Colocation vs outsourcing discussion is a trend in supply chain management … and in software development. I’ve had discussions with folks like Gene Kim about whether or not DevOps is even possible with outsourced teams, or long distances.
I think they are. A lot of people I respect a lot are not so sure. It’s one of the things I love about this community: smart people discussing things and not finding complete agreement, but enough basis to start a real discussion and not accept the first conclusion you stub your toe on.
I wanted Scott’s take on it because at the heart of the idea of outsourced is not just that its outside entities but physical separation of internal teams, too. It’s a big deal for today’s IT.
Scott: [You] get people telling you what you can’t do Agile if you’re not co-located. That is complete rubbish. But, maybe you don’t know how to do Agile if you are not co-located but people certainly are succeeding with Agile and they’re not being co-located. So, let’s have a coherent discussion about that.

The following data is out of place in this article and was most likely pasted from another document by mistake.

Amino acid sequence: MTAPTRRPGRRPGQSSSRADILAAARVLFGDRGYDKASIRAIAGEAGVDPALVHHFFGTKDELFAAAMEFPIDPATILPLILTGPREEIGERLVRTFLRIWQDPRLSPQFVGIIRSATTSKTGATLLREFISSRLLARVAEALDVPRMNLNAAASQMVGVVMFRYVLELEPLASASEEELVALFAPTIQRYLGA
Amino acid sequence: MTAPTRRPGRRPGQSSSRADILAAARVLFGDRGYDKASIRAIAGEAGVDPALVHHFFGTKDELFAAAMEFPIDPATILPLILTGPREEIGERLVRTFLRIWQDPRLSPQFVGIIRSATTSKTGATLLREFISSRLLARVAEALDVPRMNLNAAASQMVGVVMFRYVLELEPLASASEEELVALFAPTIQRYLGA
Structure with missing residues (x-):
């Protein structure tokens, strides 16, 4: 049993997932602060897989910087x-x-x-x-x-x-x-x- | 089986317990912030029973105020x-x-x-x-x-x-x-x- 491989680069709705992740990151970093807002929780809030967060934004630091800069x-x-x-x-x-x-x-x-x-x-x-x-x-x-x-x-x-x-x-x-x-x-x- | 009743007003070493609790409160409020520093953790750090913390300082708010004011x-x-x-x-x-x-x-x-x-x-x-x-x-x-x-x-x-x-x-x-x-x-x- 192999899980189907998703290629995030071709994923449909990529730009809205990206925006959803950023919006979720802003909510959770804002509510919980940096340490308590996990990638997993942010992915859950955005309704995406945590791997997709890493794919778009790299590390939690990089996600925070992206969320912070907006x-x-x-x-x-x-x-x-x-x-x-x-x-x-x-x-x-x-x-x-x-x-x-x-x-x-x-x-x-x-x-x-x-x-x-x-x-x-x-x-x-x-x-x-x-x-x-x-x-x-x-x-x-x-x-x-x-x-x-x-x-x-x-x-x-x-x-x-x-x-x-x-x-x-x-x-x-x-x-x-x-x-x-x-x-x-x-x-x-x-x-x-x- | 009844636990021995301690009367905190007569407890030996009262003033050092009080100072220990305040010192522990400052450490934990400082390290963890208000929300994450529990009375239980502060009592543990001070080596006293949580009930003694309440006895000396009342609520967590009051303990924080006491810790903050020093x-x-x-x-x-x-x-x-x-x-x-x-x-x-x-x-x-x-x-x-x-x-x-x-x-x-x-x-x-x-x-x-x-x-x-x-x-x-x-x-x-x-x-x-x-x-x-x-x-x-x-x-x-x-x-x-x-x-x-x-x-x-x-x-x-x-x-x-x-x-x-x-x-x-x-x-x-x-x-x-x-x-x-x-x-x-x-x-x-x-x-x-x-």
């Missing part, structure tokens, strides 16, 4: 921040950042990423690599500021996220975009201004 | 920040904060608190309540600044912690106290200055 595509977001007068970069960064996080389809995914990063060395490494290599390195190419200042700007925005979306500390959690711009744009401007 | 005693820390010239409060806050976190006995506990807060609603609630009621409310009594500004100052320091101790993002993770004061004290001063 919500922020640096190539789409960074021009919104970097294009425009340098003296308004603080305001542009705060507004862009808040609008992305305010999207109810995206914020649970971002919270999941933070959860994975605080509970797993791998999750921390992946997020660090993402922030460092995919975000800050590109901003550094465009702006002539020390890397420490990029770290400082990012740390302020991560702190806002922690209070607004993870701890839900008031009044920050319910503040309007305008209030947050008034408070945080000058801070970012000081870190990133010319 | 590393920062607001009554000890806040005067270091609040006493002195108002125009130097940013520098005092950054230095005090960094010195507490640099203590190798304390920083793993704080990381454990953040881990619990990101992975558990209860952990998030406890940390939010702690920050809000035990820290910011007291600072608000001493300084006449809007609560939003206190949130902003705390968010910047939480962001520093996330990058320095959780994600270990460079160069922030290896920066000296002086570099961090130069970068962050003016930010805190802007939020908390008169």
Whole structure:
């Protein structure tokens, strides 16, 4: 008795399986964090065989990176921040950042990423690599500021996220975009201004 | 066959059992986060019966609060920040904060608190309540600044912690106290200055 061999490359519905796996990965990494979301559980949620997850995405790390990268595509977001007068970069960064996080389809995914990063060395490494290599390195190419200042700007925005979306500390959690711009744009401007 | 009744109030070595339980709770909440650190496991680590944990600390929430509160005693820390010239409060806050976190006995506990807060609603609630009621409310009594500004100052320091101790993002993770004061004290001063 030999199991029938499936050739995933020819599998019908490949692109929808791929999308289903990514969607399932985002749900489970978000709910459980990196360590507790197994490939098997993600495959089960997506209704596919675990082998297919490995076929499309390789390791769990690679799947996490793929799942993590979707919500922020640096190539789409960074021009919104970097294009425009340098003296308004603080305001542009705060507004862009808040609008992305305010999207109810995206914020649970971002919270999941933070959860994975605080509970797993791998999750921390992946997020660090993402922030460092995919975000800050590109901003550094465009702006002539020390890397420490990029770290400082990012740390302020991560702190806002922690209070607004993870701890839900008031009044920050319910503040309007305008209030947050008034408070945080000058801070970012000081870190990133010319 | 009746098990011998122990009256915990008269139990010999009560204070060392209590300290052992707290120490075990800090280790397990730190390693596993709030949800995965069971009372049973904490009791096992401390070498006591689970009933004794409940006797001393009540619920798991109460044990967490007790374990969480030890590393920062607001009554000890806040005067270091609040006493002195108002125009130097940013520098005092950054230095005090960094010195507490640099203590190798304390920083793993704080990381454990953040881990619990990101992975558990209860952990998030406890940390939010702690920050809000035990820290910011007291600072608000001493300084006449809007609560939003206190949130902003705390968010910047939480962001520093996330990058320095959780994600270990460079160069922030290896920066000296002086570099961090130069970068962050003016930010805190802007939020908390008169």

[…]The majority of [many] teams are geographically distributed in some ways. This is one of those dirty little secrets that the Agile community often doesn’t want to discuss.
And one of the things I do, I run the industry level surveys to find out what people are actually doing as opposed to telling them what they’re doing. And as a result you get very different things. Most Agile teams actually look what you – if you spread across the floor of a building, or they are all working in cubes or on different floors. Some people work from home, or might totally spread it across the globe.
Only the minority are actually co-located together. And it is actually interesting, there’s so much discussion out there about how difficult it is to be co-located, yet the Ops that had the discussion of, well, actually most of those aren’t co-located, so what are we going to do about that?